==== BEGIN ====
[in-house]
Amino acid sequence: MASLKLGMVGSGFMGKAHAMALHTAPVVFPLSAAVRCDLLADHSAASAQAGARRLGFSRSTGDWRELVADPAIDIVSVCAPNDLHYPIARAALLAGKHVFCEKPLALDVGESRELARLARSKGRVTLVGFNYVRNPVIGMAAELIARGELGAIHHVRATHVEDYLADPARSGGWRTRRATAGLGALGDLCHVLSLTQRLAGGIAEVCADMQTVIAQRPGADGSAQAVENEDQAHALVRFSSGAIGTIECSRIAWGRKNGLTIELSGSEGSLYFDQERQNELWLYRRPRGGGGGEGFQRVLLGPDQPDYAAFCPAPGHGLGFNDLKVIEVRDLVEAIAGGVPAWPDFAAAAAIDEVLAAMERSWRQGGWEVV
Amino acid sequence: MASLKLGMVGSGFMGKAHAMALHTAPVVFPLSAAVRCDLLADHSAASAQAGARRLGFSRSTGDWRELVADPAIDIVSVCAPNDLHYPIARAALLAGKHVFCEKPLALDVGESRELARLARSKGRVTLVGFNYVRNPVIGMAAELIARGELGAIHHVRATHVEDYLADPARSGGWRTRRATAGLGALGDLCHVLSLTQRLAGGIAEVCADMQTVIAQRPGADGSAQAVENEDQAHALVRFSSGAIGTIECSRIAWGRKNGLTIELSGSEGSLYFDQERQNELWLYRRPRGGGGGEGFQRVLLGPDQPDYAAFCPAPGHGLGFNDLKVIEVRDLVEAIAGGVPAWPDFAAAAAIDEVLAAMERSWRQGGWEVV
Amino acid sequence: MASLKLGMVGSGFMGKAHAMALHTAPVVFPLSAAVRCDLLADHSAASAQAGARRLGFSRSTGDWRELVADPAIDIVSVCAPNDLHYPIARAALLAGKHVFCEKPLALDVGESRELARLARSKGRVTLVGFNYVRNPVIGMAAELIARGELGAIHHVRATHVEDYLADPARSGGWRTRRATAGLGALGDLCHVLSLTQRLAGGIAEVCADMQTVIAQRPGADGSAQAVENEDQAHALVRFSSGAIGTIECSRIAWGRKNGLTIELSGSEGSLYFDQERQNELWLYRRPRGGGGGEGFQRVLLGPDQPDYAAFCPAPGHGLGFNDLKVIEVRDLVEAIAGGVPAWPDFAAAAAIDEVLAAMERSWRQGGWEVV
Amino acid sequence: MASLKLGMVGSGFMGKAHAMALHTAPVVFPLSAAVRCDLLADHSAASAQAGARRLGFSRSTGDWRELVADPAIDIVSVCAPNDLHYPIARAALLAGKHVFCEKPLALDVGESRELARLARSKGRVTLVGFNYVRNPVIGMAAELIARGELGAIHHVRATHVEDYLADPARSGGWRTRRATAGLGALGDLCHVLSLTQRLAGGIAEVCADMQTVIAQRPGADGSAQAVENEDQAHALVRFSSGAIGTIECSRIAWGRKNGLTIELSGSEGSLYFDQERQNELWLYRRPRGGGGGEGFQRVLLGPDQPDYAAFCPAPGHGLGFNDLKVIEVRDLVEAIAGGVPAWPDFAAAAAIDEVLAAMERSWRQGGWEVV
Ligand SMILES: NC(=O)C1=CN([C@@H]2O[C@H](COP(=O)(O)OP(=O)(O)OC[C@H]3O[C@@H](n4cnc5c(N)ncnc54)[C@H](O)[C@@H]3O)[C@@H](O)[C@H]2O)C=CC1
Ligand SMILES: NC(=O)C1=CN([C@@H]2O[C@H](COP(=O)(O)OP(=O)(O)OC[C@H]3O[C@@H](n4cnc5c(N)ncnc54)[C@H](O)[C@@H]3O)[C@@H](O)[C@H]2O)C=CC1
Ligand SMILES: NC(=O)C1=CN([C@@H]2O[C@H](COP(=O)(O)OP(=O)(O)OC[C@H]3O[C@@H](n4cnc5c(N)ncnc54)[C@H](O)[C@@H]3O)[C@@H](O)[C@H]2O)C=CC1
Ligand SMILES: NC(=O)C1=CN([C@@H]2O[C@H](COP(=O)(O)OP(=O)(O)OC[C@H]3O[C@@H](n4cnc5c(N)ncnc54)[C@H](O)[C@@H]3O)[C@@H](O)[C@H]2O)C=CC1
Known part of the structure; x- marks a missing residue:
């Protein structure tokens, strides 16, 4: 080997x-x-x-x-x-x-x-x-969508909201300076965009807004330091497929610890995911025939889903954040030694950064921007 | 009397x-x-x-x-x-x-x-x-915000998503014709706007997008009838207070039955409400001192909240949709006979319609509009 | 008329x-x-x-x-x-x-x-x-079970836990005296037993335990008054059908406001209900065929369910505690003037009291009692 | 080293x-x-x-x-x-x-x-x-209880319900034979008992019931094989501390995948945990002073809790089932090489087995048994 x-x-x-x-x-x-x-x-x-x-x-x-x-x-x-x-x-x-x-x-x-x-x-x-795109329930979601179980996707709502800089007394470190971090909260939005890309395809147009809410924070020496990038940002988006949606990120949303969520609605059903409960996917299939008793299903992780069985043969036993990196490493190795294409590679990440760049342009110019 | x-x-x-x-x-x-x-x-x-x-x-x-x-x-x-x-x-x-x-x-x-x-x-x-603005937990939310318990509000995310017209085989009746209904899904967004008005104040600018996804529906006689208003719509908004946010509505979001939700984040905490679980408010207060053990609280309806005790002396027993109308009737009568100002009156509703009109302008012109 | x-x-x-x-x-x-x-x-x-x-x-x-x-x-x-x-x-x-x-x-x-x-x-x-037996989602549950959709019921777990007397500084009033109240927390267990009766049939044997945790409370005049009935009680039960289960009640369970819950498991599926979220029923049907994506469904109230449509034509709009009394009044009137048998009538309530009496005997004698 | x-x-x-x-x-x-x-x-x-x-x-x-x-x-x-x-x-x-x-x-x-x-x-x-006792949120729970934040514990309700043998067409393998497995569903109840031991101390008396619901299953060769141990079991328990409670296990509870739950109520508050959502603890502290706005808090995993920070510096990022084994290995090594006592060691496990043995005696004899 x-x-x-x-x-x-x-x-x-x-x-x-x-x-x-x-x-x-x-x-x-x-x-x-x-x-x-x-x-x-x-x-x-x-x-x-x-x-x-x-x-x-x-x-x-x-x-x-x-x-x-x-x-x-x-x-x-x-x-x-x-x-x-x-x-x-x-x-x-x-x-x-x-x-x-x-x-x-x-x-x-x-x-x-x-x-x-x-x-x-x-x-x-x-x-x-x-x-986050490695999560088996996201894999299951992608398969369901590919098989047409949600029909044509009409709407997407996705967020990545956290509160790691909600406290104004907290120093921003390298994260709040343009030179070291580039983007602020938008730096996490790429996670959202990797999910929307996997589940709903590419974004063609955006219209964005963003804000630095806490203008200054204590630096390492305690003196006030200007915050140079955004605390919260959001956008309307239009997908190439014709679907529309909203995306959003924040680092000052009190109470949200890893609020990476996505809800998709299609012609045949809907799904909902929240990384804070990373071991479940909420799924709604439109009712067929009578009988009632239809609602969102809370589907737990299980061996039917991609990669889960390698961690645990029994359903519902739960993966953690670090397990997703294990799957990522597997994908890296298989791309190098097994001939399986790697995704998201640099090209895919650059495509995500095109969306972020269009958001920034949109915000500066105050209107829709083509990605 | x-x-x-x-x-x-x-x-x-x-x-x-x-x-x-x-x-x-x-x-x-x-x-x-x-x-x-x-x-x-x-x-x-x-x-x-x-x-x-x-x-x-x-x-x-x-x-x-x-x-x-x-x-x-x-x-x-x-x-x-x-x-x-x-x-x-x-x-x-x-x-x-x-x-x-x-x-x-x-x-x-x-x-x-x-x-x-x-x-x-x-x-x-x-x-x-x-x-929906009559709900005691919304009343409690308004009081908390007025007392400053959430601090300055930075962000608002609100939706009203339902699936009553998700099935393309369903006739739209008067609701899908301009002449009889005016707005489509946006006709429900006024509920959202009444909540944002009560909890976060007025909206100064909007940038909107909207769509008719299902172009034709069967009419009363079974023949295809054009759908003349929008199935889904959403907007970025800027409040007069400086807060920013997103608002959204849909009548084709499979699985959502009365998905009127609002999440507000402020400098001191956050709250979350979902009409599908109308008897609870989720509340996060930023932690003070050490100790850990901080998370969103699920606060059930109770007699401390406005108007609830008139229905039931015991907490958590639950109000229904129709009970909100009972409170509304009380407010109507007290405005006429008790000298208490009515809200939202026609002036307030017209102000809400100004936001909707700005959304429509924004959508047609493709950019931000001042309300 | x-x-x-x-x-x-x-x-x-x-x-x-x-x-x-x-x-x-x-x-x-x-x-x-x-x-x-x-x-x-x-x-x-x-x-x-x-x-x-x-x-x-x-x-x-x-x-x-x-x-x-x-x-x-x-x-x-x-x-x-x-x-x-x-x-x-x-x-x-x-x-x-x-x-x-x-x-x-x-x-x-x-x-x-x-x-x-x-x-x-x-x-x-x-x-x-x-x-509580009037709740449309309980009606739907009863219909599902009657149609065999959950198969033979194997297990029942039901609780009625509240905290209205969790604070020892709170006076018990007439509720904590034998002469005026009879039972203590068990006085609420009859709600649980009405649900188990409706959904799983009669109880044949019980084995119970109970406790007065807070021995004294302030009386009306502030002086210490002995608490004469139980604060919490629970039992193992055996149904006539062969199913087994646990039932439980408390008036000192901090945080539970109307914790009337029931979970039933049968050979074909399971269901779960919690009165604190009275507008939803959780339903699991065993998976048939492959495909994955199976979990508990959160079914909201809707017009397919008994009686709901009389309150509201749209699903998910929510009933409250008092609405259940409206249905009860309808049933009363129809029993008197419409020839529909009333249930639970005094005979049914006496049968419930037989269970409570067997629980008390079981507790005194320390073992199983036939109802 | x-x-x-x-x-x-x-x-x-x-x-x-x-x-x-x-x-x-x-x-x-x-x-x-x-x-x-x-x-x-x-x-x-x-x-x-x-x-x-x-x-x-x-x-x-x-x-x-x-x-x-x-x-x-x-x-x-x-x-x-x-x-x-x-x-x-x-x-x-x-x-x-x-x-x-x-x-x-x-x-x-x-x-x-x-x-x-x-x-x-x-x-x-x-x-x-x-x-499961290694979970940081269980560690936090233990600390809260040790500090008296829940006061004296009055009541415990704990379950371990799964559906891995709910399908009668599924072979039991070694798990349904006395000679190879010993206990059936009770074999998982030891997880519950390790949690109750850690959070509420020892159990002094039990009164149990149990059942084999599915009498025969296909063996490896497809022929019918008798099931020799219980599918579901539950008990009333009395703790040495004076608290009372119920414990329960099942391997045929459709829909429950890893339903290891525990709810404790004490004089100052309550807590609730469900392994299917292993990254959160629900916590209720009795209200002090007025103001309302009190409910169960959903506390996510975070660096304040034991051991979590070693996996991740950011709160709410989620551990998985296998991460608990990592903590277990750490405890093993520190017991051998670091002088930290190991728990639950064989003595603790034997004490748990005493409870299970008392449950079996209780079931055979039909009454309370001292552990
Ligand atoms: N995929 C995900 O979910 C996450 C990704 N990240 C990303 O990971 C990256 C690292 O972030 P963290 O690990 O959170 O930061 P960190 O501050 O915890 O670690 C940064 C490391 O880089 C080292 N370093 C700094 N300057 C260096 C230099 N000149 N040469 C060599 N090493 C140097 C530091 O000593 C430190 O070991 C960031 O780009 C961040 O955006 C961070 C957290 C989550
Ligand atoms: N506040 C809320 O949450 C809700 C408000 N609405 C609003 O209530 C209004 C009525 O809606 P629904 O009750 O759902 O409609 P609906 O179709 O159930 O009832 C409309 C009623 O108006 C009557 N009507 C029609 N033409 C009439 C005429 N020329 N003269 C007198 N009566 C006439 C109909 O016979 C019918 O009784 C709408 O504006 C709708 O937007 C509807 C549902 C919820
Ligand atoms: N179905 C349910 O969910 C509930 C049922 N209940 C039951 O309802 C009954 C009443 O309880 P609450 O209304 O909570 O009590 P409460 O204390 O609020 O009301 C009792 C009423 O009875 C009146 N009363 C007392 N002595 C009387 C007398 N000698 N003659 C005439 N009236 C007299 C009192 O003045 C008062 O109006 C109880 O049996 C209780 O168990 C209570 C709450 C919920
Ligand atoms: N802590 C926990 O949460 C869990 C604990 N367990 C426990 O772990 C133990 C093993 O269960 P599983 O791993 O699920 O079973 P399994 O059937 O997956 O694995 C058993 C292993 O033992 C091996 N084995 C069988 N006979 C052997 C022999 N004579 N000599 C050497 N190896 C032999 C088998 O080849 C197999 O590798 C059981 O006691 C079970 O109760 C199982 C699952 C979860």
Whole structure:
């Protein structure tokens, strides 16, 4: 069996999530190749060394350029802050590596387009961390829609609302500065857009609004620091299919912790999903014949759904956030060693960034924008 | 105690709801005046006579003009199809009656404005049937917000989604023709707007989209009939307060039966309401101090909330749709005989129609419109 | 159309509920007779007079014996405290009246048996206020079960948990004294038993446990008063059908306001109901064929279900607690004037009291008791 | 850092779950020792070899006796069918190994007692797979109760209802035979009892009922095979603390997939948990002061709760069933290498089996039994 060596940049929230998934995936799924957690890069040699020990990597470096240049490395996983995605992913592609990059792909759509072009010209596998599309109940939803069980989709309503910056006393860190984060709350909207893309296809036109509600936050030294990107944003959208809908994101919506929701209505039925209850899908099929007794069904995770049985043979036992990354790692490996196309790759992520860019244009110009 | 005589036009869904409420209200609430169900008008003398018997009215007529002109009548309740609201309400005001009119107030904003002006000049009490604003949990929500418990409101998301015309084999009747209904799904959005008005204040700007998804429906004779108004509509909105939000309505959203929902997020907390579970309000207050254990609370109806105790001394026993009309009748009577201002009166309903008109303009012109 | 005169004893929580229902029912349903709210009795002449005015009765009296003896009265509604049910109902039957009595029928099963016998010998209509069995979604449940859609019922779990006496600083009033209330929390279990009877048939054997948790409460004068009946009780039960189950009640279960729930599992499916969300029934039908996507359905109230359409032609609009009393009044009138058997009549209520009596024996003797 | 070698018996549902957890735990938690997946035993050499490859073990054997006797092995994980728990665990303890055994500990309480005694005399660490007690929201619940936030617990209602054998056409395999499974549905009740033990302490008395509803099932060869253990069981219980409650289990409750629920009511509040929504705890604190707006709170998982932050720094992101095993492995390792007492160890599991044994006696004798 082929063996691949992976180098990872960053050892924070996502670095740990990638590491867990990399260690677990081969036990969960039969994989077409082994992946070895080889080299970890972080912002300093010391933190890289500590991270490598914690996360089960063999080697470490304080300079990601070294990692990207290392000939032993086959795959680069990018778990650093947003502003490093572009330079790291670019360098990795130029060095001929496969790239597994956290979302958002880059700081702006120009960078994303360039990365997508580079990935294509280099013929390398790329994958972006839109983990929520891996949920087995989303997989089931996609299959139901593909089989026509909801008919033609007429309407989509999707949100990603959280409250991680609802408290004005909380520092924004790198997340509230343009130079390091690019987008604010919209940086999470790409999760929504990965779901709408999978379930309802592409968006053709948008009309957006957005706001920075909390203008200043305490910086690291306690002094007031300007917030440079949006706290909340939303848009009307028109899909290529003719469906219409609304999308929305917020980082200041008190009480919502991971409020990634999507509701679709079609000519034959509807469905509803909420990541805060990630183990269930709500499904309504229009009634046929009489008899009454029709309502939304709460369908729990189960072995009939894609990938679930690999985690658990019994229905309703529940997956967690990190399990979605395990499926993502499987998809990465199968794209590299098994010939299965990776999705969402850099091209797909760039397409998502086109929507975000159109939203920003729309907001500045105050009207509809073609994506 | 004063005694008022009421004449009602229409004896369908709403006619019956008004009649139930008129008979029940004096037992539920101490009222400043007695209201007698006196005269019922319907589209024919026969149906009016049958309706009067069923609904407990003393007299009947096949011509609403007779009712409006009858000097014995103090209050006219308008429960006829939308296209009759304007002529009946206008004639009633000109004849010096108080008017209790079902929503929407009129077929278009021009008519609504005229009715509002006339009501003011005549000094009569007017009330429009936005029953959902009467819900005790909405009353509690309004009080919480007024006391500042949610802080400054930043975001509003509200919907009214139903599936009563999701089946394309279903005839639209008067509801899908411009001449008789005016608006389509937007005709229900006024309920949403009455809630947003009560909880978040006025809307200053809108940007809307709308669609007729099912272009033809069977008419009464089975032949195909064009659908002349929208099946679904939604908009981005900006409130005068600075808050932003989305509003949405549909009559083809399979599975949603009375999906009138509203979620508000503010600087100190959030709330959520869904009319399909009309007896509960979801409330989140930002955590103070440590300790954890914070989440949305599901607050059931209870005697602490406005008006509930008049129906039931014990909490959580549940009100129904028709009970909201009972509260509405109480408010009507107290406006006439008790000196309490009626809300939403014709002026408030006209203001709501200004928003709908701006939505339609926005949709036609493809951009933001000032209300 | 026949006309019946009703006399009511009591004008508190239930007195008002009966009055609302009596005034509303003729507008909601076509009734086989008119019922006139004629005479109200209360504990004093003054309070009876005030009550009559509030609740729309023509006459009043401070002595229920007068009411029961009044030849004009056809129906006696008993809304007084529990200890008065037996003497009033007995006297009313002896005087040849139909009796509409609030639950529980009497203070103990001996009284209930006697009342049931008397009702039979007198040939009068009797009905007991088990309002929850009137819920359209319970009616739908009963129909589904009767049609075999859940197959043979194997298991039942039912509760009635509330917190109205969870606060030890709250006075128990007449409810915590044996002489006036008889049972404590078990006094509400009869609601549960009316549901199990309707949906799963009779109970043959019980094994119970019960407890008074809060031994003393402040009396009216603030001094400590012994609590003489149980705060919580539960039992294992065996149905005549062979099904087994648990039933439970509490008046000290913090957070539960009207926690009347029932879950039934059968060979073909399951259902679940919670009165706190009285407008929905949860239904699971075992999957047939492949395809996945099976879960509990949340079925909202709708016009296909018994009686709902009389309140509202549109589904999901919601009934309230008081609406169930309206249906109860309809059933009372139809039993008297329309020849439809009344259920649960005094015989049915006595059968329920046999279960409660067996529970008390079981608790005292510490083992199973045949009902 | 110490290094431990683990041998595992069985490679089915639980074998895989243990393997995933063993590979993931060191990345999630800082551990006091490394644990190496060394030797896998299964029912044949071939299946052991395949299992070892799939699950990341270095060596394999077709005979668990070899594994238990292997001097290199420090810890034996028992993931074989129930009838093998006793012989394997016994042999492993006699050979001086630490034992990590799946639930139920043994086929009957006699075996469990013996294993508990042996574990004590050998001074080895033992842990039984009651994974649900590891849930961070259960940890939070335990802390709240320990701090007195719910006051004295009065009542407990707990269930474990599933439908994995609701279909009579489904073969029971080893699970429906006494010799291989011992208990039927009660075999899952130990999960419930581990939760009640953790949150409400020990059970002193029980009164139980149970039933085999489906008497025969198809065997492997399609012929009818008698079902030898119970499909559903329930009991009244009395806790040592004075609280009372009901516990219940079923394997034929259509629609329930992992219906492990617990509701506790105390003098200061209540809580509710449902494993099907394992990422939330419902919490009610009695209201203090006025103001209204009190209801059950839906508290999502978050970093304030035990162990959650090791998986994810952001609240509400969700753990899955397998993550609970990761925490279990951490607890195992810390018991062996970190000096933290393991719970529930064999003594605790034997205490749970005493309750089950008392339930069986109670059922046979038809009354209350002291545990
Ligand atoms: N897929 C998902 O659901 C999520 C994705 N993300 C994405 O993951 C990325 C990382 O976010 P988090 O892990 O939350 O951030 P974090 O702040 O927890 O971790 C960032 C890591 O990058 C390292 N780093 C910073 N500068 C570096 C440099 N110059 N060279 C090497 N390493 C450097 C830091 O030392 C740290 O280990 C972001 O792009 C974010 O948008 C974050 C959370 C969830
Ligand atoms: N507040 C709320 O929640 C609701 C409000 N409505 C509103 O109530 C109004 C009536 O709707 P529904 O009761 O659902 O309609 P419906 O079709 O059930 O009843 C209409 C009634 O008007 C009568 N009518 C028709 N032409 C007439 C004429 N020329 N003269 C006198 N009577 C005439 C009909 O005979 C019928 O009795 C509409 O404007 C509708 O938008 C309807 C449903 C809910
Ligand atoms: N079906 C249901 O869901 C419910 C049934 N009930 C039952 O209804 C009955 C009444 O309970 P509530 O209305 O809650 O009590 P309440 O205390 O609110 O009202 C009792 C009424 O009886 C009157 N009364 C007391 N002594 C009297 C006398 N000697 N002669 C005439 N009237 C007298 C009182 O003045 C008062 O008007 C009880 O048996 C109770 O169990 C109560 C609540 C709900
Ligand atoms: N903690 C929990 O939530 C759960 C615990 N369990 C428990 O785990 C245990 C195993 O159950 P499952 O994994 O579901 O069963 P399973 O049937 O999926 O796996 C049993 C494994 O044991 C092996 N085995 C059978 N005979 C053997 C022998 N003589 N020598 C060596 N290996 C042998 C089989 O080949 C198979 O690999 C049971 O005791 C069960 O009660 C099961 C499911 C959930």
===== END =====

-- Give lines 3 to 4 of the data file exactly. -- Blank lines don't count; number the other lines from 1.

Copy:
Amino acid sequence: MASLKLGMVGSGFMGKAHAMALHTAPVVFPLSAAVRCDLLADHSAASAQAGARRLGFSRSTGDWRELVADPAIDIVSVCAPNDLHYPIARAALLAGKHVFCEKPLALDVGESRELARLARSKGRVTLVGFNYVRNPVIGMAAELIARGELGAIHHVRATHVEDYLADPARSGGWRTRRATAGLGALGDLCHVLSLTQRLAGGIAEVCADMQTVIAQRPGADGSAQAVENEDQAHALVRFSSGAIGTIECSRIAWGRKNGLTIELSGSEGSLYFDQERQNELWLYRRPRGGGGGEGFQRVLLGPDQPDYAAFCPAPGHGLGFNDLKVIEVRDLVEAIAGGVPAWPDFAAAAAIDEVLAAMERSWRQGGWEVV
Amino acid sequence: MASLKLGMVGSGFMGKAHAMALHTAPVVFPLSAAVRCDLLADHSAASAQAGARRLGFSRSTGDWRELVADPAIDIVSVCAPNDLHYPIARAALLAGKHVFCEKPLALDVGESRELARLARSKGRVTLVGFNYVRNPVIGMAAELIARGELGAIHHVRATHVEDYLADPARSGGWRTRRATAGLGALGDLCHVLSLTQRLAGGIAEVCADMQTVIAQRPGADGSAQAVENEDQAHALVRFSSGAIGTIECSRIAWGRKNGLTIELSGSEGSLYFDQERQNELWLYRRPRGGGGGEGFQRVLLGPDQPDYAAFCPAPGHGLGFNDLKVIEVRDLVEAIAGGVPAWPDFAAAAAIDEVLAAMERSWRQGGWEVV